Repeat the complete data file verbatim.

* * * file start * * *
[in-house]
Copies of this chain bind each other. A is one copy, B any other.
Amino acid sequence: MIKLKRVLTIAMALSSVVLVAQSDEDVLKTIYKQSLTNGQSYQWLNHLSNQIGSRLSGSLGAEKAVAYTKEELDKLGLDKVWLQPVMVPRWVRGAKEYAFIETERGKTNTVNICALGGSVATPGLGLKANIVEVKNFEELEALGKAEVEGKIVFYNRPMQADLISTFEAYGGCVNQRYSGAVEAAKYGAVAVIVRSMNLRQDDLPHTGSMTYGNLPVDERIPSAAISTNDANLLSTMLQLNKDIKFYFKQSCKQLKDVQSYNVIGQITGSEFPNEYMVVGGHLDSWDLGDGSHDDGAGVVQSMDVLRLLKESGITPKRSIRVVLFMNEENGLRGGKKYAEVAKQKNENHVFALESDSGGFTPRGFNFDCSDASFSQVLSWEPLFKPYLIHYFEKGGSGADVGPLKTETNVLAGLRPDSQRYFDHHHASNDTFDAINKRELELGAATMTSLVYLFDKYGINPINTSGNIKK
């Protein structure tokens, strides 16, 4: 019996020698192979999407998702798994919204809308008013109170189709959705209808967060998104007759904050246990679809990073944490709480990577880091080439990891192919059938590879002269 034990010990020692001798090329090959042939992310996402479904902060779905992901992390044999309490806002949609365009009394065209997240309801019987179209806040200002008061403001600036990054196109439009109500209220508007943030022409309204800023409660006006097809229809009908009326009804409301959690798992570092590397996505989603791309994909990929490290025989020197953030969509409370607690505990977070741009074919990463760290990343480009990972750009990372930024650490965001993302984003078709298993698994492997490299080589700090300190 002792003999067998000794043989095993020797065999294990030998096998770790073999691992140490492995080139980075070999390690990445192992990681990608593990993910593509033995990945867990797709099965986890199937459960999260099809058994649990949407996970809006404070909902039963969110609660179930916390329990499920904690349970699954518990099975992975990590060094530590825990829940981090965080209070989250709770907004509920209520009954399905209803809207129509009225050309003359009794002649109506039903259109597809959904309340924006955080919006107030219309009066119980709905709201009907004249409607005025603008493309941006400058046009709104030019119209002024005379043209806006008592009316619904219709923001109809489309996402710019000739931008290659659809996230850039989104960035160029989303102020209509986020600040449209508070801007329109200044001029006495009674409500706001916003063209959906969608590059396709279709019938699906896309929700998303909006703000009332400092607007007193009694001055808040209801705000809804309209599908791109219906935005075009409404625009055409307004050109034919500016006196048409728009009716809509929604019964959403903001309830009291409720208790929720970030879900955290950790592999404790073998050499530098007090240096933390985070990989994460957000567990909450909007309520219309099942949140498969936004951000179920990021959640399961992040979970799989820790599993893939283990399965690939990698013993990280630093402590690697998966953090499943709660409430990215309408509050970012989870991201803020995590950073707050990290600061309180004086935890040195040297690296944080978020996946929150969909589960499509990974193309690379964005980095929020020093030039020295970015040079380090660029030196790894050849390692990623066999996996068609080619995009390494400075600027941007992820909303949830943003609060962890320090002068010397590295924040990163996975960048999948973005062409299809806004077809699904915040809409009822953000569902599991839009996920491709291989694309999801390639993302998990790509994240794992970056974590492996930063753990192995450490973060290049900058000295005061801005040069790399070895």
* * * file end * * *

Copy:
[in-house]
Copies of this chain bind each other. A is one copy, B any other.
Amino acid sequence: MIKLKRVLTIAMALSSVVLVAQSDEDVLKTIYKQSLTNGQSYQWLNHLSNQIGSRLSGSLGAEKAVAYTKEELDKLGLDKVWLQPVMVPRWVRGAKEYAFIETERGKTNTVNICALGGSVATPGLGLKANIVEVKNFEELEALGKAEVEGKIVFYNRPMQADLISTFEAYGGCVNQRYSGAVEAAKYGAVAVIVRSMNLRQDDLPHTGSMTYGNLPVDERIPSAAISTNDANLLSTMLQLNKDIKFYFKQSCKQLKDVQSYNVIGQITGSEFPNEYMVVGGHLDSWDLGDGSHDDGAGVVQSMDVLRLLKESGITPKRSIRVVLFMNEENGLRGGKKYAEVAKQKNENHVFALESDSGGFTPRGFNFDCSDASFSQVLSWEPLFKPYLIHYFEKGGSGADVGPLKTETNVLAGLRPDSQRYFDHHHASNDTFDAINKRELELGAATMTSLVYLFDKYGINPINTSGNIKK
């Protein structure tokens, strides 16, 4: 019996020698192979999407998702798994919204809308008013109170189709959705209808967060998104007759904050246990679809990073944490709480990577880091080439990891192919059938590879002269 034990010990020692001798090329090959042939992310996402479904902060779905992901992390044999309490806002949609365009009394065209997240309801019987179209806040200002008061403001600036990054196109439009109500209220508007943030022409309204800023409660006006097809229809009908009326009804409301959690798992570092590397996505989603791309994909990929490290025989020197953030969509409370607690505990977070741009074919990463760290990343480009990972750009990372930024650490965001993302984003078709298993698994492997490299080589700090300190 002792003999067998000794043989095993020797065999294990030998096998770790073999691992140490492995080139980075070999390690990445192992990681990608593990993910593509033995990945867990797709099965986890199937459960999260099809058994649990949407996970809006404070909902039963969110609660179930916390329990499920904690349970699954518990099975992975990590060094530590825990829940981090965080209070989250709770907004509920209520009954399905209803809207129509009225050309003359009794002649109506039903259109597809959904309340924006955080919006107030219309009066119980709905709201009907004249409607005025603008493309941006400058046009709104030019119209002024005379043209806006008592009316619904219709923001109809489309996402710019000739931008290659659809996230850039989104960035160029989303102020209509986020600040449209508070801007329109200044001029006495009674409500706001916003063209959906969608590059396709279709019938699906896309929700998303909006703000009332400092607007007193009694001055808040209801705000809804309209599908791109219906935005075009409404625009055409307004050109034919500016006196048409728009009716809509929604019964959403903001309830009291409720208790929720970030879900955290950790592999404790073998050499530098007090240096933390985070990989994460957000567990909450909007309520219309099942949140498969936004951000179920990021959640399961992040979970799989820790599993893939283990399965690939990698013993990280630093402590690697998966953090499943709660409430990215309408509050970012989870991201803020995590950073707050990290600061309180004086935890040195040297690296944080978020996946929150969909589960499509990974193309690379964005980095929020020093030039020295970015040079380090660029030196790894050849390692990623066999996996068609080619995009390494400075600027941007992820909303949830943003609060962890320090002068010397590295924040990163996975960048999948973005062409299809806004077809699904915040809409009822953000569902599991839009996920491709291989694309999801390639993302998990790509994240794992970056974590492996930063753990192995450490973060290049900058000295005061801005040069790399070895």